@Sam1 ticks are a part of the time. You can round the dates to the nearest second, or millisecond, or whatever you want as mentioned in other answers/comments. –  Servy Feb 7 '13 at 16:59
add comment

As the other answers have indicated, the default comparer will work just fine for nullable DateTime objects. You have asked in comments how to compare a rounded form of the dates. You would want something like:

if (dt1.EqualsRounded(dt2))

Below is all the code you will need to do this. It fully supports nullable and non-nullable DateTimes. It implements both IComparer<T> and IEqualityComparer<T> so you can also use this when sorting lists (for example). There are extension methods for the simple case like the one above, and there are overloads to provide a different rounding interval. Without specifying one, it defaults to round to the nearest whole second. Enjoy!

public static class DateTimeExtensions
{
    public static DateTime RoundToNearestInterval(this DateTime dateTime, TimeSpan interval)
    {
        // Adapted from http://stackoverflow.com/questions/1393696/c-rounding-datetime-objects

        // do the rounding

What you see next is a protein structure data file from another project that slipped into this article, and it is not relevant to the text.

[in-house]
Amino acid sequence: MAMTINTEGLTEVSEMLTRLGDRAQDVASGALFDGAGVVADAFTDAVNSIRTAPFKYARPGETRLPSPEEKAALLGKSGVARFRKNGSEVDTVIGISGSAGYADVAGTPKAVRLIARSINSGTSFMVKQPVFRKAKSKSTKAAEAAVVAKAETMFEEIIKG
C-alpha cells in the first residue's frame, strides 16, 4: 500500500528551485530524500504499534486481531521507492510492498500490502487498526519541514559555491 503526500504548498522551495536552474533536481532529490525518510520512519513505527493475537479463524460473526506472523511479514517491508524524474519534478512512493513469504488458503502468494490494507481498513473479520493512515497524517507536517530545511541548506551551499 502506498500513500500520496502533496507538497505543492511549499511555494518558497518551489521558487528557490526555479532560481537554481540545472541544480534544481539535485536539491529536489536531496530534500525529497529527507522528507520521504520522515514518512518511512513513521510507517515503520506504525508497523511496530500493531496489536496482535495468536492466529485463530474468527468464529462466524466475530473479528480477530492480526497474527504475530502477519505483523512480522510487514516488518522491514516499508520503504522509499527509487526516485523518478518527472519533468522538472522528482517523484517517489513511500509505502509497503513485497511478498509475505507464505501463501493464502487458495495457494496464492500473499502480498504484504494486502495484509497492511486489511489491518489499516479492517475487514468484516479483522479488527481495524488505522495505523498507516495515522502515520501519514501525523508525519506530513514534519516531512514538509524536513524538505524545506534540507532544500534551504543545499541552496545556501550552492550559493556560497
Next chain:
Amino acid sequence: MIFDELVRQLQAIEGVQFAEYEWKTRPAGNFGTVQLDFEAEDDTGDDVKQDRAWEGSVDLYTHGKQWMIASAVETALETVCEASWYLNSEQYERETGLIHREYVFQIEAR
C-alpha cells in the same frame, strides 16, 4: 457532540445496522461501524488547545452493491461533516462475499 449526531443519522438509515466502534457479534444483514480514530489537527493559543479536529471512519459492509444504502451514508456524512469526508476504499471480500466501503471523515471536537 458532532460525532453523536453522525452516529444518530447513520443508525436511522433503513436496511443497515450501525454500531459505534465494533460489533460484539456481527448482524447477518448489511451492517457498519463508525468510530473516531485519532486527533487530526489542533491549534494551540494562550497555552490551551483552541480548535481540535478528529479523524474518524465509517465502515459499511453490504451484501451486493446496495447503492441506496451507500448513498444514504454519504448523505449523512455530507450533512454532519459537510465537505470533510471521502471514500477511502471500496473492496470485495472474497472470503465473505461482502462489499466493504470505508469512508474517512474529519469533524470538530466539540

var intervalTicks = interval.Ticks;
        var ticks = (dateTime.Ticks + (intervalTicks / 2) + 1) / intervalTicks;
        var totalTicks = ticks * intervalTicks;

        // make sure the result is not to low
        if (totalTicks < 0)
            totalTicks = 0;

        // make sure the result is not to high
        const long maxTicks = 0x2bca2875f4373fffL; // DateTime.MaxTicks
        if (totalTicks > maxTicks)
            totalTicks = maxTicks;

        // return the new date from the result
        return new DateTime(totalTicks, dateTime.Kind);
    }

    public static bool EqualsRounded(this DateTime x, DateTime y)
    {
        return x.EqualsRounded(y, TimeSpan.FromSeconds(1));
    }

    public static bool EqualsRounded(this DateTime x, DateTime y, TimeSpan interval)
    {
        var comparer = new RoundedDateTimeComparer(interval);
        return comparer.Equals(x, y);
    }

    public static bool EqualsRounded(this DateTime? x, DateTime? y)
    {
        return x.EqualsRounded(y, TimeSpan.FromSeconds(1));
    }

    public static bool EqualsRounded(this DateTime? x, DateTime? y, TimeSpan interval)
    {
        var comparer = new RoundedDateTimeComparer(interval);
        return comparer.Equals(x, y);